Between 2013 and 2018, DePuy Synthes gave a Massachusetts surgeon surgical implants and instruments for spinal surgeries worth approximately $100,000.
U.S. attorney Rachael S. Rollins said, "Today the United States resolves allegations that DePuy provided over $100,000 worth of free product to a surgeon in order to secure and reward that physician’s continued business."
The surgeon — whose name was redacted — performed more than 20 surgeries during the time period in Bahrain, Saudi Arabia, Kuwait, Lebanon, the United Arab Emirates, and Qatar.
The United States Attorney's Office declared in a statement, "In many of these surgeries, the surgeon used DePuy products, worth thousands of dollars, that DePuy sales representatives had provided to him. The DePuy products that DePuy gave to the surgeon were sometimes not available at the hospitals and/or with the third-party sales distributors in the countries where the surgeon operated overseas."
The statement noted, "DePuy did not request or receive payment from the surgeon, the hospitals, or the third-party sales distributors in the countries where the surgeon operated overseas; nor did the surgeon, the overseas hospitals, the third-party sales distributors, or anyone else, pay DePuy for the products that it gave to the surgeon and the surgeon used abroad."
Prosecutors accused DePuy Synthes of violating the Anti-Kickback Statute and the False Claims Act by providing the surgeon with free medical products.
The federal Anti-Kickback Statute is a "criminal statute that prohibits the exchange (or offer to exchange), of anything of value, in an effort to induce (or reward) the referral of business reimbursable by federal healthcare programs."
The False Claims Act is a federal statute that states, "Any person who knowingly submitted false claims to the government was liable for double the government’s damages plus a penalty of $2,000 for each false claim," according to the Department of Justice.
Rollins said of the allegations, "Unlawful kickbacks can severely distort medical judgment as well as the market for medical devices. The millions of patients that depend on our healthcare system deserve untainted medical decisions. This settlement reflects our commitment to stamping out illegal kickbacks."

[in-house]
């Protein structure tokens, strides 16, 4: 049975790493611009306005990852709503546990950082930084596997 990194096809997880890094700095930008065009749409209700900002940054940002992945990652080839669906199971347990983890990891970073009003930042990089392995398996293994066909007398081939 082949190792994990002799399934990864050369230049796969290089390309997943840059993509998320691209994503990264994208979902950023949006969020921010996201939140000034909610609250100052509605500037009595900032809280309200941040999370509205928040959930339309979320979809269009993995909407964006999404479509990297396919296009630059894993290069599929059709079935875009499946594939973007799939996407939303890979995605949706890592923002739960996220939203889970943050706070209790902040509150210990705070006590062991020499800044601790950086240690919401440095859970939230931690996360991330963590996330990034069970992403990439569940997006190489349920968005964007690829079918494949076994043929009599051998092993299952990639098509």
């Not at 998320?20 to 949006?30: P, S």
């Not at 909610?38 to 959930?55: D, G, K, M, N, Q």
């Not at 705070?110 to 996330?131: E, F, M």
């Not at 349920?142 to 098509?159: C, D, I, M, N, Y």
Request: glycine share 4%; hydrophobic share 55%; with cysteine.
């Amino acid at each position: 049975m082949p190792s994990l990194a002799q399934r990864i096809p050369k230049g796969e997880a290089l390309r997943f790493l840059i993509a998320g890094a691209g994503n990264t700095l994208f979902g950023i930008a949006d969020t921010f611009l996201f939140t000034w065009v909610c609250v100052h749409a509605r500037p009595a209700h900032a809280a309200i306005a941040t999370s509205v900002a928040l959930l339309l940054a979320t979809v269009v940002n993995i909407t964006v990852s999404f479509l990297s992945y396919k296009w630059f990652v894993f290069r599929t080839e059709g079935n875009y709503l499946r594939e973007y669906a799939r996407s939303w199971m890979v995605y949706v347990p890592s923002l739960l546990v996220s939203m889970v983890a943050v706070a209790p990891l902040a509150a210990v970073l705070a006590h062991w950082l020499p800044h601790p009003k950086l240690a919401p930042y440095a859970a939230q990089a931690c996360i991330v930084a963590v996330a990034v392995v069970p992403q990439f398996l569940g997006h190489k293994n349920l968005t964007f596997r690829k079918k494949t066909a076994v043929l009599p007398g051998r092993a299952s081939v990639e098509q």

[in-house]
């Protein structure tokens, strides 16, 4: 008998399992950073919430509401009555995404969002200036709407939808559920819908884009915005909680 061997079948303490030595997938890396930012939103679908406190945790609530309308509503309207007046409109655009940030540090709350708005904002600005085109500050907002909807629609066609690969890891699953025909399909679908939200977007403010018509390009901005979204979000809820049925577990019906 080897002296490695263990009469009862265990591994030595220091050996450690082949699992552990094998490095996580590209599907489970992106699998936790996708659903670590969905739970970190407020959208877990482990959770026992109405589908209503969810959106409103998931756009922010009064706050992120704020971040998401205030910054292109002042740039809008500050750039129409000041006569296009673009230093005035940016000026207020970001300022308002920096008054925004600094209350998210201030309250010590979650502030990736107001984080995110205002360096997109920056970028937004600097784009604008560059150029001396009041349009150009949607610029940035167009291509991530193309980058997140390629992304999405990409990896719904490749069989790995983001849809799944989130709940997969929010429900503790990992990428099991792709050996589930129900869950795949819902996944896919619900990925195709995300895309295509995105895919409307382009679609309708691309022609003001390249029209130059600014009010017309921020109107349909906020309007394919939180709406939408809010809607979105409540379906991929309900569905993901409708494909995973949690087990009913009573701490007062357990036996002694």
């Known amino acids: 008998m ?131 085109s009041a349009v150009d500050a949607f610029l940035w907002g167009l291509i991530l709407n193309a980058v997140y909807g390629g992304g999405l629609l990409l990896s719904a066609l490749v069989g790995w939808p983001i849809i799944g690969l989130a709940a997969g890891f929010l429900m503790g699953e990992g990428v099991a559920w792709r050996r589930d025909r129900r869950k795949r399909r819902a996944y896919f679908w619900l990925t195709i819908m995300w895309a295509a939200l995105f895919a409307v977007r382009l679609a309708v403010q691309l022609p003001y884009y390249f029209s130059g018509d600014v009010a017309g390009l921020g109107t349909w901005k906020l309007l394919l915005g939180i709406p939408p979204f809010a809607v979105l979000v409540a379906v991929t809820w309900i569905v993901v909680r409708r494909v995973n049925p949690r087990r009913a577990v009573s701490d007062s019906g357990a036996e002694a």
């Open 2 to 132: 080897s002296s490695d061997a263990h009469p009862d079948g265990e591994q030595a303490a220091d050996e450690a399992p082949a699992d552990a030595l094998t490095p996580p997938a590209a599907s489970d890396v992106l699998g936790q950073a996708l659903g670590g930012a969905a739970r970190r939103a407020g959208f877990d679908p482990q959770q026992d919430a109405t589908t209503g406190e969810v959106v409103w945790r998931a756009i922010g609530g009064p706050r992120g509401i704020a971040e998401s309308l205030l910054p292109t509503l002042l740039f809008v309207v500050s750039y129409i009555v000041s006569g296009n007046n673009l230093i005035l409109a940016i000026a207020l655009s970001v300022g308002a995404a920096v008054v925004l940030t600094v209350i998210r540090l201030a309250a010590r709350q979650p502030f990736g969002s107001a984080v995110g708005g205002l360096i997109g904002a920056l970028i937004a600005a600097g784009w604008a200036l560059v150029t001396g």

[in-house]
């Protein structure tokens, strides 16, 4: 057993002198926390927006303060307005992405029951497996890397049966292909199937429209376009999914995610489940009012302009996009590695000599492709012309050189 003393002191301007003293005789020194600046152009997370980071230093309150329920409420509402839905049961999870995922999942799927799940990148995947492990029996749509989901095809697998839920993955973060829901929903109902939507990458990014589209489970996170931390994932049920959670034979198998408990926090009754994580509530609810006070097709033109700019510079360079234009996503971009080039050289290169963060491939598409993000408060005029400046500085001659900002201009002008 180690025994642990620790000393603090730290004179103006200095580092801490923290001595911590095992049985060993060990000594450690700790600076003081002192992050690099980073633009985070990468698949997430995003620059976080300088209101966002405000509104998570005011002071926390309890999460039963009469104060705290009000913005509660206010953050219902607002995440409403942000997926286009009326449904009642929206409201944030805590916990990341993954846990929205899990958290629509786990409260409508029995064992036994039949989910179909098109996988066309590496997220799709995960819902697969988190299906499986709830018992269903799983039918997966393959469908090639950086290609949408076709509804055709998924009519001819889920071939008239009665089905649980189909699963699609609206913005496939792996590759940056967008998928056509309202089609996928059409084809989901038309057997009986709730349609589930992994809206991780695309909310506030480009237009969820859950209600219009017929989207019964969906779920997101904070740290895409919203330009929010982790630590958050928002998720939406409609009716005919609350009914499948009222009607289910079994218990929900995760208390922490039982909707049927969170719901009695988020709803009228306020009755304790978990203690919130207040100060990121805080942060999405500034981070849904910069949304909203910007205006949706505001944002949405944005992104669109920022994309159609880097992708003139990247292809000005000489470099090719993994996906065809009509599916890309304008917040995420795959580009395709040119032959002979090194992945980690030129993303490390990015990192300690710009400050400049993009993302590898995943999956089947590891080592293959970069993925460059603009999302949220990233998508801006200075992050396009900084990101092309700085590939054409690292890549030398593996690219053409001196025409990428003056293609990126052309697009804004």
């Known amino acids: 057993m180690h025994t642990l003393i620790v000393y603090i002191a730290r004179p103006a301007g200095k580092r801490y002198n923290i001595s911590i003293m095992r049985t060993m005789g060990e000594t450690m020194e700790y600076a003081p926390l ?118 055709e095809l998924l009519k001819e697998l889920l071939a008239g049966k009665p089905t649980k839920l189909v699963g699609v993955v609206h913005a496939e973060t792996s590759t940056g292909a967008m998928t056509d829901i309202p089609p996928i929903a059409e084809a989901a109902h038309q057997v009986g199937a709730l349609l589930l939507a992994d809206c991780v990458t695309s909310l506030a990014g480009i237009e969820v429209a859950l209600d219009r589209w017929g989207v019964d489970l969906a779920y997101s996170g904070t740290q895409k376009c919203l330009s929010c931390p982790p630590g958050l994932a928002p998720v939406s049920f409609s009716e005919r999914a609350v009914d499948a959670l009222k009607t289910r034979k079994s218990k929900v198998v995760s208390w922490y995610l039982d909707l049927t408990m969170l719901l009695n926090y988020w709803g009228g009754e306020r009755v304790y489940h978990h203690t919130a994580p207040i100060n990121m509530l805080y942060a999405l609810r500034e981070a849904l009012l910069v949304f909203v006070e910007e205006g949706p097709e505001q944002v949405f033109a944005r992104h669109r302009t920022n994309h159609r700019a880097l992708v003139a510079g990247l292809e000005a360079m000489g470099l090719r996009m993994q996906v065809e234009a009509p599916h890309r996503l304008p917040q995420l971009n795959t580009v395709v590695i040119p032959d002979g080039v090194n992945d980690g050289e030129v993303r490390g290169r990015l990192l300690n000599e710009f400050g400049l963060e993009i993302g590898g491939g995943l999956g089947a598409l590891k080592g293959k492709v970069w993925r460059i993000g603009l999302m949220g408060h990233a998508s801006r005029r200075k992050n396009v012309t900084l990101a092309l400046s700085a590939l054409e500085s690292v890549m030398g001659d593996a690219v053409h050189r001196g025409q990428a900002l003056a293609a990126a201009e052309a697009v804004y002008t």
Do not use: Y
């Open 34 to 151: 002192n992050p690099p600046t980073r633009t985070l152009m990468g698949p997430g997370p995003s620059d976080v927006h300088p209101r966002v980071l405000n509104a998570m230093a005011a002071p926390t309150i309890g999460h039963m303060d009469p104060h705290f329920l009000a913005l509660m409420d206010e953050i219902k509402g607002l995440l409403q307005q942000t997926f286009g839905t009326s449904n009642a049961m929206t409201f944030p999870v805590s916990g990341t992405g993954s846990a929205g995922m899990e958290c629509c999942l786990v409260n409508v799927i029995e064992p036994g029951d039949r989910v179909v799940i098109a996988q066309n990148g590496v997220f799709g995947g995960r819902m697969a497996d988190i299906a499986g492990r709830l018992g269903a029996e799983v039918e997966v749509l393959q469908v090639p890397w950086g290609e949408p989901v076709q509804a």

Phillip M. Coyne, special agent in charge of the U.S. Department of Health and Human Services, Office of Inspector General, said, "The American people, as both taxpayers and consumers, expect medical device manufacturers like DePuy to abide by relevant laws and regulations. When such healthcare companies provide illegal kickbacks in order to boost profits, their actions erode public confidence in the health care system, can compromise the patient-physician relationship, and waste government health program funding."
Joseph R. Bonavolonta, special agent in charge of the Federal Bureau of Investigations, Boston Division, called DePuy's actions an attempt to "boost their bottom line through illegal kickback schemes."
Johnson & Johnson, DePuy Synthes, Inc., and DePuy Synthes Sales, Inc. have settled and agreed to pay about $9.75 million to resolve the accusations.
The Associated Press reported, "About $7.2 million of the $9.75 million settlement will go to the federal government, and about $2.5 million to the state. More than $1.8 million of the federal portion will go to the whistleblower who brought the original suit in 2017 under a legal provision that lets private parties sue on behalf of the government and share in any recovery."
Johnson & Johnson issued a statement on the settlement, "We have fully cooperated with the government throughout its investigation of the allegations and were credited for that cooperation in the settlement. This settlement avoids further lengthy legal processes. We are committed to ensuring our employees conduct business in a way that complies with our credo and with all laws and regulations."
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